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Poop Man Bob

Newspapers now printing pet obituaries. Obituaries. For pets. Dead ones.

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http://www.washingtonpost.com/wp-dyn/artic...-2002Apr30.html

 

 

Wendell E. Hager Jr. left this life Jan. 29, in Latrobe, Pa. The local paper took note of his passing two days later.

 

Brother Hager was survived by seven column- inches of family: his mother, wife, children, stepchildren, their spouses, eight grandchildren, two sisters, a brother, a mother-in-law, two sisters-in-law.

 

And by Anna.

 

She was his dog "and favorite companion," according to the Latrobe Bulletin (thanks to longtime reader Posy Jim of Latrobe for passing along the clipping).

 

Yes, please do take another sip of coffee. That was indeed a dog you just heard about -- in the obituary of a human being.

 

Gross? Maybe, maybe not. Unusual? Less and less with each passing day.

 

Not only are pets beginning to appear as survivors in the obituaries of human beings, but pets are beginning to get their own obits. Most pet obits have been relegated to the classifieds. But some pet obits are appearing among the obits of humans, which is hugely displeasing to some human survivors.

 

As fellow columnist Betty Cuniberti put it, in the St. Louis Post-Dispatch:

 

"I'm trying to imagine a sorrowful son opening our newspaper to look for his mother's obituary and finding her picture next to one of a hamster."

 

Even worse, as Betty points out, would be the issue of the hamster's many survivors. Betty imagined that there would be 427 children and grandchildren, "including 154 named Fluffy."

 

But the biggest problem with pet obits is mawkishness. Any human who writes the obit of a pet is odds-on to slather on adjectives, gooeyness and downright stupidity.

 

For example, the Philadelphia Daily News published an obituary about Winnie, a 9-year-old terrier. "She was feisty and fearless, but a lousy watchdog, who greeted every stranger with a wagging tail and a request for a belly rub," the News reported.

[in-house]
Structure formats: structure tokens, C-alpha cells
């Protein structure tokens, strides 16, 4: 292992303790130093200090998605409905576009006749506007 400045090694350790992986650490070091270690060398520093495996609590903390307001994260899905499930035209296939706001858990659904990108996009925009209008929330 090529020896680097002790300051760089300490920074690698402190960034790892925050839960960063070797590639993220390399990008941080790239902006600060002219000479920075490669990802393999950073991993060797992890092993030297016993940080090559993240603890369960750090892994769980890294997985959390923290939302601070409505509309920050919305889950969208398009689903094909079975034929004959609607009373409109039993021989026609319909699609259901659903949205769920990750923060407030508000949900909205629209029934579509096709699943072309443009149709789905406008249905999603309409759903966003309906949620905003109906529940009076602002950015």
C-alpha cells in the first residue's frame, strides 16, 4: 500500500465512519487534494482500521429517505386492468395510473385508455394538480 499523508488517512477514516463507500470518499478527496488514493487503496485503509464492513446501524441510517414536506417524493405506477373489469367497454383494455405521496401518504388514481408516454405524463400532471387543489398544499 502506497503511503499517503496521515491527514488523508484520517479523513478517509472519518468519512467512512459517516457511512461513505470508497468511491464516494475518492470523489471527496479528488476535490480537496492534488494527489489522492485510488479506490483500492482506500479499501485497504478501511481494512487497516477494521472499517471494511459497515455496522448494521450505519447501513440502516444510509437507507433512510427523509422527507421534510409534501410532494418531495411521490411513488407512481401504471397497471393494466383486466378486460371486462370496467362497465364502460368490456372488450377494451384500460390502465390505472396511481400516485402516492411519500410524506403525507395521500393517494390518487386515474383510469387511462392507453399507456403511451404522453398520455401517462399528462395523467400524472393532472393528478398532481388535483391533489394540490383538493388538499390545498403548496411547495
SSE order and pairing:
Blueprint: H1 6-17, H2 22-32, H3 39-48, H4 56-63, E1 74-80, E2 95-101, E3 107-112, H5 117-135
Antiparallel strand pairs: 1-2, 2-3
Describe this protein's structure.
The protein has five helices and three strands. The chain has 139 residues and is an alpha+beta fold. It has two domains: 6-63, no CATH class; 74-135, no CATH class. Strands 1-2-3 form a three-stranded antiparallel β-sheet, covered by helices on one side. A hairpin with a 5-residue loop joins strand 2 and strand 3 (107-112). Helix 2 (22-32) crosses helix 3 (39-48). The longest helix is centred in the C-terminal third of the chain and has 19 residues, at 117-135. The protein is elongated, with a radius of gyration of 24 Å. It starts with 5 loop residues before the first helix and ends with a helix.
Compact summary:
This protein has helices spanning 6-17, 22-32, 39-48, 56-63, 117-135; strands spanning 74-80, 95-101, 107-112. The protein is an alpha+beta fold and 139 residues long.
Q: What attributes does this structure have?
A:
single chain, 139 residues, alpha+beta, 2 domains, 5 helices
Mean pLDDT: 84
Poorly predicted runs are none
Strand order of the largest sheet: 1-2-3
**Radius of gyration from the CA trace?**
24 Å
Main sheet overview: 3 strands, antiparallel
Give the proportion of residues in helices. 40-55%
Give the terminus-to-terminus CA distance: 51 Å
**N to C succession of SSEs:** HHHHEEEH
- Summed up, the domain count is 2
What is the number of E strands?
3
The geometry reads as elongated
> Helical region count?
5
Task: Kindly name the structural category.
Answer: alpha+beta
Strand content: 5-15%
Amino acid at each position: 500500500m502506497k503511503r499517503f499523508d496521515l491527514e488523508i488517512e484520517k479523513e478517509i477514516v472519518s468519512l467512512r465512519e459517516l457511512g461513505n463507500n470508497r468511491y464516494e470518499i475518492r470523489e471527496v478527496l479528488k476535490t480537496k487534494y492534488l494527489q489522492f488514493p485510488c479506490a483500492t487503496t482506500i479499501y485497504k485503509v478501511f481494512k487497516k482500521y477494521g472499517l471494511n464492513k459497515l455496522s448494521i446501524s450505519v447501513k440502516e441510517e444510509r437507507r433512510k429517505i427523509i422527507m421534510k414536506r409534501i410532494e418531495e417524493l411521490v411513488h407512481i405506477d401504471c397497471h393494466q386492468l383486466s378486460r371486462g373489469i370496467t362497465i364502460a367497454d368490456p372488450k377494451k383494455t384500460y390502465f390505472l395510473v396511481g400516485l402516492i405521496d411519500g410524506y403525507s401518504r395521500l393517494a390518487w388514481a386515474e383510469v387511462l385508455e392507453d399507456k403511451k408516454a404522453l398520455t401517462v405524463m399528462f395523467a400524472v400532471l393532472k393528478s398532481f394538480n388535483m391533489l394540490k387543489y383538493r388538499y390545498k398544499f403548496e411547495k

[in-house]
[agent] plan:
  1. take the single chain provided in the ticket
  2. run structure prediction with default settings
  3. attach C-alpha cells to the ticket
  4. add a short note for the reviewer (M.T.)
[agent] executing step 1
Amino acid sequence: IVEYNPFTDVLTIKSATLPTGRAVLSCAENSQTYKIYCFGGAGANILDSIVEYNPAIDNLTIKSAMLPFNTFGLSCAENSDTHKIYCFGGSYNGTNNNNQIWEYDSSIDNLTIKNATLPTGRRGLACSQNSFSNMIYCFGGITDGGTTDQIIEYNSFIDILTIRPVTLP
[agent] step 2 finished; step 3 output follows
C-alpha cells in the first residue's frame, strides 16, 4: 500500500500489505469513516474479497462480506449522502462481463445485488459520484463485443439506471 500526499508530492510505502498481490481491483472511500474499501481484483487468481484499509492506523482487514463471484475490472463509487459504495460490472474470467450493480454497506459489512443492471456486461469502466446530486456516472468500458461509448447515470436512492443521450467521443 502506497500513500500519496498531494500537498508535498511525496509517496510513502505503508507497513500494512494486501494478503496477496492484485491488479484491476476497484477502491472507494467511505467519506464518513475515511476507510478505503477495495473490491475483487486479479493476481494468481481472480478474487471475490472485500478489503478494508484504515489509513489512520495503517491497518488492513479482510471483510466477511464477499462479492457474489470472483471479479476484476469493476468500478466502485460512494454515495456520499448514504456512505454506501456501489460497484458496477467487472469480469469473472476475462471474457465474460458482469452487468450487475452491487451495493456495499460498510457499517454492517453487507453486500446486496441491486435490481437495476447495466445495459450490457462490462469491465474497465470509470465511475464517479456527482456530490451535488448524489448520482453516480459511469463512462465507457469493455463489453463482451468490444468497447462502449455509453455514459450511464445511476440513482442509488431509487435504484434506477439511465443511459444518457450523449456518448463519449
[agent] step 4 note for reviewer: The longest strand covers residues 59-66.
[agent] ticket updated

If Winnie had been a human, not a single syllable of that sendoff would have sneaked past even the most sentimental editor.

 

Meanwhile, in Anchorage, pet obits in the Daily News have included tributes to . . .

 

• A Norwegian elkhound named Mac, whose owner proclaimed him to be one of the "kindest souls" he had ever known.

 

• A Pomeranian named Sheba who was known as "Little Hoover," since she could "vibrate for food."

 

• A Lhasa apso named Barney, whose nickname was "Buddha Man." According to rumors, Barney's great-great-great-grandfather was a guard dog at a Tibetan temple.

 

Sure, all three of these obits are interesting. Yes, all three pets meant something to all three owners. But is this public fodder?

 

What makes a human being worthy of an obituary is the entire range of that human's life. If a human had spent six decades on Earth and had succeeded only in vibrating for food, his obituary would never run. He wouldn't have done enough to warrant the space. So why does Sheba warrant the space?

 

Will The Washington Post ever join the ranks of pet-obit papers? Don't bet the rent. Asked to comment, The Post's obituary editor, Richard Pearson, said:

 

"We don't list pets in news stories. The death notice people [at The Post] will list pets. On the survivors in the news stories, we are very strict about who we will list and who we won't.

 

"We have to be careful so everyone gets the same treatment. We list children and sometimes brothers and sisters, but never cousins or in-laws. And we don't list grandchildren by name.

 

"If someone died and had no relatives but a beloved dog, we would say he had no immediate survivors. If someone questioned that, we'd say that we don't consider dogs immediate survivors. We can't list someone's dog and then not list someone's cousin."

 

Of course, "pet people" aren't going to give up the ghost. They are already looking for new worlds to conquer. And they are conquering them.

 

In the same issue of the Latrobe Bulletin that reported the death of Wendell Hager, there appeared a story about the wedding of Nicole Richardson and Russell D. Bongard.

 

The couple was hitched in New York City in October. Florie Sommers was maid of honor. Jeremy Bongard was best man.

 

And the ring bearer?

 

"The best friend of the bridegroom, his black Labrador retriever, Zoe."

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Guest platapie

mans best freind gets mad love

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Guest willy.wonka

thats fuckin stupid....over here in hawaii i hear they spent like $40000 to save some dog on a abandoned ship...waste of tax payers money......my pet mouse died...oops i snapped another neck of a mouse...my pet mouse died...oops...there goes another one....

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